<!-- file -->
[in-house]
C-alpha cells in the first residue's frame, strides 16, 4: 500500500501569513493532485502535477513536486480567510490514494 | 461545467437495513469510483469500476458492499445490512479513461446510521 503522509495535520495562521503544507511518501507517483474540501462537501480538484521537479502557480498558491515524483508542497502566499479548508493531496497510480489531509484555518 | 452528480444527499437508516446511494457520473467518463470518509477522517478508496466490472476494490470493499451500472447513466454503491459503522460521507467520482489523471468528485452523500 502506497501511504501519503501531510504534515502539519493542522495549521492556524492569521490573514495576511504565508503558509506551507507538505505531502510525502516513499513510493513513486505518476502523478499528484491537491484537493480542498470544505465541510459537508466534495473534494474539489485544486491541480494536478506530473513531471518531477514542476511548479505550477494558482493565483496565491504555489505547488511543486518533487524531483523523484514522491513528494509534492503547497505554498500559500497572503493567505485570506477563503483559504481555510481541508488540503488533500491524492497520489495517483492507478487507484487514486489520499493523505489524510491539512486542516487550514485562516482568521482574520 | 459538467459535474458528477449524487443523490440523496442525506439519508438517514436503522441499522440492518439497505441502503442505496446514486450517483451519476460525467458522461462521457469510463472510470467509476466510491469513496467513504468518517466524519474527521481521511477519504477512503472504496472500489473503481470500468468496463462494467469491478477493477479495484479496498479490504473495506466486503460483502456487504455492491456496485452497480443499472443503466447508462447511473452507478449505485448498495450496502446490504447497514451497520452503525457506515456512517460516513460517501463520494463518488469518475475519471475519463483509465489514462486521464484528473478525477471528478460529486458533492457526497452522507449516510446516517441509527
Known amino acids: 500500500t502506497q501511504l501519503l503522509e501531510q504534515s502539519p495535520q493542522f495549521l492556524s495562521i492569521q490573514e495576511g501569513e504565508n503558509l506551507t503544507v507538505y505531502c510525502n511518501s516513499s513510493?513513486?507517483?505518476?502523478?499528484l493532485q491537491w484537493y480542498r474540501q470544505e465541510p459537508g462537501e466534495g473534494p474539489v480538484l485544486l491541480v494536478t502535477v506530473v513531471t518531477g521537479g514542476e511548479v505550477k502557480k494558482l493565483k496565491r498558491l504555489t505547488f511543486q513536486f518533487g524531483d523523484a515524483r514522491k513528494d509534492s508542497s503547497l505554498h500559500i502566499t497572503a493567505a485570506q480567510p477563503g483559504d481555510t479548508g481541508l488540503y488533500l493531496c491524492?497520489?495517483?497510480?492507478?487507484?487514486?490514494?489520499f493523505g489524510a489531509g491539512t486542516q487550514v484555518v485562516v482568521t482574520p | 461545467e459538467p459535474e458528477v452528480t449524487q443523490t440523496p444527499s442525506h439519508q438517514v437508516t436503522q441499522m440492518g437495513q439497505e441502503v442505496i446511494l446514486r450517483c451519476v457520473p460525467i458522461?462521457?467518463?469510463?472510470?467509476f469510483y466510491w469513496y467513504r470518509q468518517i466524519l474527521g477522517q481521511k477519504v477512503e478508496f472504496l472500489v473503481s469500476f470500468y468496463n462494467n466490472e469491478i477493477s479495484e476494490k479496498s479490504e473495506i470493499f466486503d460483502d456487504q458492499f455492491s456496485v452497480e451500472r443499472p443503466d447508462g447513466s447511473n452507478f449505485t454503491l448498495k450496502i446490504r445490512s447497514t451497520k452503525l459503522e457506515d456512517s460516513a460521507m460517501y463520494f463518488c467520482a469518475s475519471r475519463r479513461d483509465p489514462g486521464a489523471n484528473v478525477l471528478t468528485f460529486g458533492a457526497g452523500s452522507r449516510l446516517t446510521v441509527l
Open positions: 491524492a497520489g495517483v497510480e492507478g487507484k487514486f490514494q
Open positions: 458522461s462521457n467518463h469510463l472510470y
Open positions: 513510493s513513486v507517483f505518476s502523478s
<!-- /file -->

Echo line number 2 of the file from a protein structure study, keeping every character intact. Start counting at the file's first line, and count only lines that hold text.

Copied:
C-alpha cells in the first residue's frame, strides 16, 4: 500500500501569513493532485502535477513536486480567510490514494 | 461545467437495513469510483469500476458492499445490512479513461446510521 503522509495535520495562521503544507511518501507517483474540501462537501480538484521537479502557480498558491515524483508542497502566499479548508493531496497510480489531509484555518 | 452528480444527499437508516446511494457520473467518463470518509477522517478508496466490472476494490470493499451500472447513466454503491459503522460521507467520482489523471468528485452523500 502506497501511504501519503501531510504534515502539519493542522495549521492556524492569521490573514495576511504565508503558509506551507507538505505531502510525502516513499513510493513513486505518476502523478499528484491537491484537493480542498470544505465541510459537508466534495473534494474539489485544486491541480494536478506530473513531471518531477514542476511548479505550477494558482493565483496565491504555489505547488511543486518533487524531483523523484514522491513528494509534492503547497505554498500559500497572503493567505485570506477563503483559504481555510481541508488540503488533500491524492497520489495517483492507478487507484487514486489520499493523505489524510491539512486542516487550514485562516482568521482574520 | 459538467459535474458528477449524487443523490440523496442525506439519508438517514436503522441499522440492518439497505441502503442505496446514486450517483451519476460525467458522461462521457469510463472510470467509476466510491469513496467513504468518517466524519474527521481521511477519504477512503472504496472500489473503481470500468468496463462494467469491478477493477479495484479496498479490504473495506466486503460483502456487504455492491456496485452497480443499472443503466447508462447511473452507478449505485448498495450496502446490504447497514451497520452503525457506515456512517460516513460517501463520494463518488469518475475519471475519463483509465489514462486521464484528473478525477471528478460529486458533492457526497452522507449516510446516517441509527